The University of Guelph has awarded nearly $700,000 to U of G researchers for 51 projects designed to support the battle against the COVID-19 pandemic and mitigate its impacts.

The projects, involving faculty, staff and students from all of the University’s colleges, are aimed at reducing the spread of the COVID-19-causing virus SARS-CoV-2, preventing or treating the disease, and navigating the effects of the pandemic on people and communities.

Each project will receive up to $10,000 from the Research Development and Catalyst Fund, with matching support from sources such as departments, colleges and private donors.

“I’m tremendously pleased with the response of U of G’s fantastic researchers to this funding program,” said Malcolm Campbell, vice-president (research). “In just six weeks, this program was conceived and delivered. Clearly, our researchers – and indeed the entire University community – are eager to lend our expertise and leadership to the vitally important pursuit of reining in this pandemic and thereby improving life.”

“We recognize the efforts of the many people who worked so hard to deliver this funding program in such a short time,” said Karina McInnis, associate vice-president (research services). “Office of Research staff and the adjudication committee, representing all colleges and the Diversity and Human Rights Office, pulled together to make sure this funding program could be delivered efficiently and effectively.”

Among the projects funded are:

  • Development of vaccine platforms against the COVID-19 virus
    These vaccines are based on live-attenuated Newcastle disease virus and human adenovirus-48. The project is led by Profs. Leonardo Susta, Byram Bridle and Sarah Wootton, Department of Pathobiology.
  • Development of SARS-CoV-2 papain-like protease (PLpro) inhibitors
    This project will optimize, characterize and validate two FDA-approved drugs as potential inhibitors for SARS-CoV-2 PLpro and will rapidly develop these compounds as early-phase therapeutic molecules to treat COVID-19 patients: Prof. Wei Zhang, Department of Molecular and Cellular Biology.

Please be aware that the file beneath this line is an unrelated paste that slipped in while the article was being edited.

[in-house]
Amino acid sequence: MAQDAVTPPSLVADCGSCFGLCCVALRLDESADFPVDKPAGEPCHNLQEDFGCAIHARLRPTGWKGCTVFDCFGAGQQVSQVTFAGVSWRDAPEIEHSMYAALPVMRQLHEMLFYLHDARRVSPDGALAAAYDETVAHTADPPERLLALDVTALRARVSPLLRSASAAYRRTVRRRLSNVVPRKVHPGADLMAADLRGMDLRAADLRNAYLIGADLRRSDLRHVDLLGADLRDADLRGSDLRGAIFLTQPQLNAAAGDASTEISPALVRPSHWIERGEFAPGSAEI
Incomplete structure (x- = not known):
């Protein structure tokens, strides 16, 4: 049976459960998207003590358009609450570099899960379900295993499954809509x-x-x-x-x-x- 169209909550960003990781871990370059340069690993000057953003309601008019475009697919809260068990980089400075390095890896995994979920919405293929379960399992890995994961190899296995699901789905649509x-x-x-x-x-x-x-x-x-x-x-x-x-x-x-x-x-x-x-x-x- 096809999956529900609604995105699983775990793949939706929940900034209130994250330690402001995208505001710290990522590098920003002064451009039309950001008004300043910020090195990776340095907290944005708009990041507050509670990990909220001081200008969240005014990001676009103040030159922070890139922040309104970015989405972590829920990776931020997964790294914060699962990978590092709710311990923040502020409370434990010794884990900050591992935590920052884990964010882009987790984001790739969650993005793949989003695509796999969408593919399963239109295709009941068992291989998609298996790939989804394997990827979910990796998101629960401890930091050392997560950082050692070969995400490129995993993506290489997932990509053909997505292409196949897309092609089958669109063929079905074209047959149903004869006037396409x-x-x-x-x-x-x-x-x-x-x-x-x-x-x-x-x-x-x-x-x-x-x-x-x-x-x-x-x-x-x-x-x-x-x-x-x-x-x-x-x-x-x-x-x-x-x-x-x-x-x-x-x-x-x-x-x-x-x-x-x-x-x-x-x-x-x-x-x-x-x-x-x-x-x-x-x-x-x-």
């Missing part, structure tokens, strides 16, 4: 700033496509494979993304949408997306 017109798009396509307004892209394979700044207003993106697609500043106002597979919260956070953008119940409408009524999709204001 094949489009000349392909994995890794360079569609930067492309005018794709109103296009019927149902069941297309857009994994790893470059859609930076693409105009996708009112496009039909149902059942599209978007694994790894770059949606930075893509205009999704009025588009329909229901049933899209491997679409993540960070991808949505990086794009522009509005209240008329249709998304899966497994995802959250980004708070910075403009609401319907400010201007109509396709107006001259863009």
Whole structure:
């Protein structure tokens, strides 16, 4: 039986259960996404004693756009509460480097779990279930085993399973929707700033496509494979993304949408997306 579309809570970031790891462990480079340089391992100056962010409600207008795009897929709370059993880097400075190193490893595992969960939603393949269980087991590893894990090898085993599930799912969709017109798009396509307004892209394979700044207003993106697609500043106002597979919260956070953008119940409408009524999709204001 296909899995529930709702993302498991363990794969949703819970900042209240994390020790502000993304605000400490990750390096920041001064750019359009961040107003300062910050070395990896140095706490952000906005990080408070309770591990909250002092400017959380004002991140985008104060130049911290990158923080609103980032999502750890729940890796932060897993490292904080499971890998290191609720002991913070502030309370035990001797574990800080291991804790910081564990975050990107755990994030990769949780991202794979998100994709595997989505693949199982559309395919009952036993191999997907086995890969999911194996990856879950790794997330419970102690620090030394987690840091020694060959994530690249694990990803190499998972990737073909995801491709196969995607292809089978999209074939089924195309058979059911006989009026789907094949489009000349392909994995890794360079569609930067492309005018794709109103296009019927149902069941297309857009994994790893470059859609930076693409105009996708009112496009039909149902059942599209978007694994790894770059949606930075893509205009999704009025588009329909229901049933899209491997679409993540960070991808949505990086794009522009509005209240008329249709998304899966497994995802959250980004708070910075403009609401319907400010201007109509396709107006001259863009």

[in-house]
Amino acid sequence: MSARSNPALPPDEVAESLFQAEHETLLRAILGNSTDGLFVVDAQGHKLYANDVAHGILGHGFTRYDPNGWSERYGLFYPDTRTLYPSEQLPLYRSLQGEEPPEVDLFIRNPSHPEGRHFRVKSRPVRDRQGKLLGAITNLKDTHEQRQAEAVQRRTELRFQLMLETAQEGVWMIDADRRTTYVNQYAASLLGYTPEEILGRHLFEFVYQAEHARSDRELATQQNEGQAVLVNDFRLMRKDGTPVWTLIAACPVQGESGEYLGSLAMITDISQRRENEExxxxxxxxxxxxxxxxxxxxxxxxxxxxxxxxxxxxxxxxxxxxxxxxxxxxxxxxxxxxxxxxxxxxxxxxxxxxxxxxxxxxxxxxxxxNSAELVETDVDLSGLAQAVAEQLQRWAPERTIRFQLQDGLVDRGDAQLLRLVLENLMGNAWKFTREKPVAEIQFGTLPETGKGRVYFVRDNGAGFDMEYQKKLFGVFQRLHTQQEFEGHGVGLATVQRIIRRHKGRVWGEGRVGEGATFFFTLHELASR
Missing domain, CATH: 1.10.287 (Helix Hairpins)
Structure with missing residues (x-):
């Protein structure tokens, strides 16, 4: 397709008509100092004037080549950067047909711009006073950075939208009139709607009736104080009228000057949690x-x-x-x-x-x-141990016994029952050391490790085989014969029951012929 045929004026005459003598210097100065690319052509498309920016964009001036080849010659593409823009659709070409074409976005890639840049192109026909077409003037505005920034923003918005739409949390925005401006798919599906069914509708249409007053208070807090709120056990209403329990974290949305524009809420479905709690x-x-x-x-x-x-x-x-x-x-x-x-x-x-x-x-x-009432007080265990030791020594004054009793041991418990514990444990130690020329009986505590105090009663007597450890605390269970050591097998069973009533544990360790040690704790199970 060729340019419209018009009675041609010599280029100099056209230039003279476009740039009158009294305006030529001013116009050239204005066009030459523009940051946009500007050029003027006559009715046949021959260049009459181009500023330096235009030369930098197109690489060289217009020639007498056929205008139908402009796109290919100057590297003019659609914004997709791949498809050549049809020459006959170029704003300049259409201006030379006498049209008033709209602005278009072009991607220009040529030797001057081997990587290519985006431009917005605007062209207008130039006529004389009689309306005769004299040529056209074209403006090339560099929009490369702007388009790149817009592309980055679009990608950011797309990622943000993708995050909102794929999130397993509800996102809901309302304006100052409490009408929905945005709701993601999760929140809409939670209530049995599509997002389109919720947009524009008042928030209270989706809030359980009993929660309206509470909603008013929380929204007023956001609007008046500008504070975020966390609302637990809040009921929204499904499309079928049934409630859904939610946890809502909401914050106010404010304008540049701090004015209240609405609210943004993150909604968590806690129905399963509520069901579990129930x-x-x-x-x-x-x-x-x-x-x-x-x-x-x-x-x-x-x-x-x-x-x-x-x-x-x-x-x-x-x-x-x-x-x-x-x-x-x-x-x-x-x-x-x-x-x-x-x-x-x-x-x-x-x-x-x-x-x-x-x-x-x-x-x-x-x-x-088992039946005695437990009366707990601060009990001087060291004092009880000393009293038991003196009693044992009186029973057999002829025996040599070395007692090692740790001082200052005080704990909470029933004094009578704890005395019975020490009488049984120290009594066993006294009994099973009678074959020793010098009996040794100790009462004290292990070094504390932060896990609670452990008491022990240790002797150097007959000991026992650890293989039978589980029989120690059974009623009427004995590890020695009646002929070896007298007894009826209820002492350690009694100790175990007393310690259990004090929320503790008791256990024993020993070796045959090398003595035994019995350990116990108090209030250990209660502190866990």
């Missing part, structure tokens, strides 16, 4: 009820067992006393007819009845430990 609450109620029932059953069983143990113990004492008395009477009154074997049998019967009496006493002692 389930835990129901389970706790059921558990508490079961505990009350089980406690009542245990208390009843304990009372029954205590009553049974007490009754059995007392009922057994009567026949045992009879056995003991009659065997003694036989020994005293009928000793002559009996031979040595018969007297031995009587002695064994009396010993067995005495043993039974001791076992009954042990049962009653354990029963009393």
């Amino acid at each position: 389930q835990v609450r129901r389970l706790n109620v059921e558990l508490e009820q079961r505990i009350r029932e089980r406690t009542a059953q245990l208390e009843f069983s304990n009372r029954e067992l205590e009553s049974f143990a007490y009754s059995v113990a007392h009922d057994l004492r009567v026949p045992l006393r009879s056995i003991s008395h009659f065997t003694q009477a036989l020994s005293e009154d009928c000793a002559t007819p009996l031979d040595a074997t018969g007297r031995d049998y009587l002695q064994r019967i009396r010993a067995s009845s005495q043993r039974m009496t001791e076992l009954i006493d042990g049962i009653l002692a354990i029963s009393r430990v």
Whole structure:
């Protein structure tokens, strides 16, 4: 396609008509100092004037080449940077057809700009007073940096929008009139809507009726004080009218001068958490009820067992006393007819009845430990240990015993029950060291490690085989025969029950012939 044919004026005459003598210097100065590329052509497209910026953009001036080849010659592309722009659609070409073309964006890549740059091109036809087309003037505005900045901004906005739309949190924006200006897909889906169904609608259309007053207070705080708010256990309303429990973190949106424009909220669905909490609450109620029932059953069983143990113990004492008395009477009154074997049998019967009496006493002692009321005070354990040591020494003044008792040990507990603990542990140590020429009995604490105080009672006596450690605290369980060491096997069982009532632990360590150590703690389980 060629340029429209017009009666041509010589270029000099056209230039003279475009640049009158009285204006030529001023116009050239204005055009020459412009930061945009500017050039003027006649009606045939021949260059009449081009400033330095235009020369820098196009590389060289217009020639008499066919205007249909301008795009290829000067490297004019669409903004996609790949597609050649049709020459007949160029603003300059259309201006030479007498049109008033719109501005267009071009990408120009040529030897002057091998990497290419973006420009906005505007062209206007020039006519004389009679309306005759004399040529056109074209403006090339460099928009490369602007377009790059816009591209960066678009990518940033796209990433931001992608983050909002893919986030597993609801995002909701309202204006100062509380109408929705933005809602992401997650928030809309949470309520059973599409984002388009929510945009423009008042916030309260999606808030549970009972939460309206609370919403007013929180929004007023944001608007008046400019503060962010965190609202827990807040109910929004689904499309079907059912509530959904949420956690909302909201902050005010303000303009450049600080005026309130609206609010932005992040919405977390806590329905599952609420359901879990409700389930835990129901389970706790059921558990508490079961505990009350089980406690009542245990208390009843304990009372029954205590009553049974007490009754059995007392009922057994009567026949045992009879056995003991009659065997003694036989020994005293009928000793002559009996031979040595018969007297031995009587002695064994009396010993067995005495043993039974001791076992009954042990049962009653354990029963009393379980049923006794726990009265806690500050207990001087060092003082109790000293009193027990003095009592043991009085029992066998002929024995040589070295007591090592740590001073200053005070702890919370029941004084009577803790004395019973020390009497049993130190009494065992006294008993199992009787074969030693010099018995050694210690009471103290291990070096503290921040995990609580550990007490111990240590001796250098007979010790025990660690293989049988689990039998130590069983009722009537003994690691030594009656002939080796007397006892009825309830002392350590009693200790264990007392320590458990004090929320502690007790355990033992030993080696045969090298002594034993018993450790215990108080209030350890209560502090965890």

• Investigation of cold plasma technology for sanitization
    Cold plasma, a partially ionized gas that is generated when an electric field is applied into a gas like the air, is a cost-effective promising approach to properly sanitizing and allow the reuse of PPE: Prof. Kevin Keener, School of Engineering.
  • Identification of gaps in current social policy responses to COVID-19 using a livelihoods framework and intersectional policy analysis
    Profs. Leah Levac and Deborah Stienstra, Department of Political Science; Belinda Leach, Department of Sociology and Anthropology; Kate Parizeau, Department of Geography, Environment and Geomatics; Post-doctoral researcher Dr. Laura Pin; and Dr. Tobin LeBlanc Haley, Cape Breton University.

  • Investigation of consumer information processing and stockpiling under the COVID-19 pandemic
    Studies will examine how consumers process COVID-19 related information and its impact on their shopping behaviour: Profs. Yuanfang Lin and Tirtha Dhar, Department of Marketing and Consumer Studies.
  • Development of antimicrobial non-woven filters for respirator masks
    High filtration efficiency electrospun non-woven filters will be incorporated into a respirator mask, impregnated with inorganic antimicrobial (copper, silver and titanium dioxide) to actively destroy pathogenic viruses and bacteria as they come in contact with bioactive fibres: Profs. Loong-Tak Lim and Lawrence Goodridge, Department of Food Science; Alex zur Linden, Department of Clinical Studies; and John Phillips, Interdisciplinary Design Lab.
  • Investigation of COVID-19 and health inequality
    This research will illuminate the social dynamics of transmission and vulnerability during the COVID-19 pandemic in Ontario. By focusing on government documents, media debates and directives of public health officials and politicians, it will examine the social and cultural effects of COVID-19 on women, Indigenous peoples, recent immigrants and economically disadvantaged populations: Profs. Tara Abraham and Catherine Carstairs, Department of History.

A complete list of projects can be found here.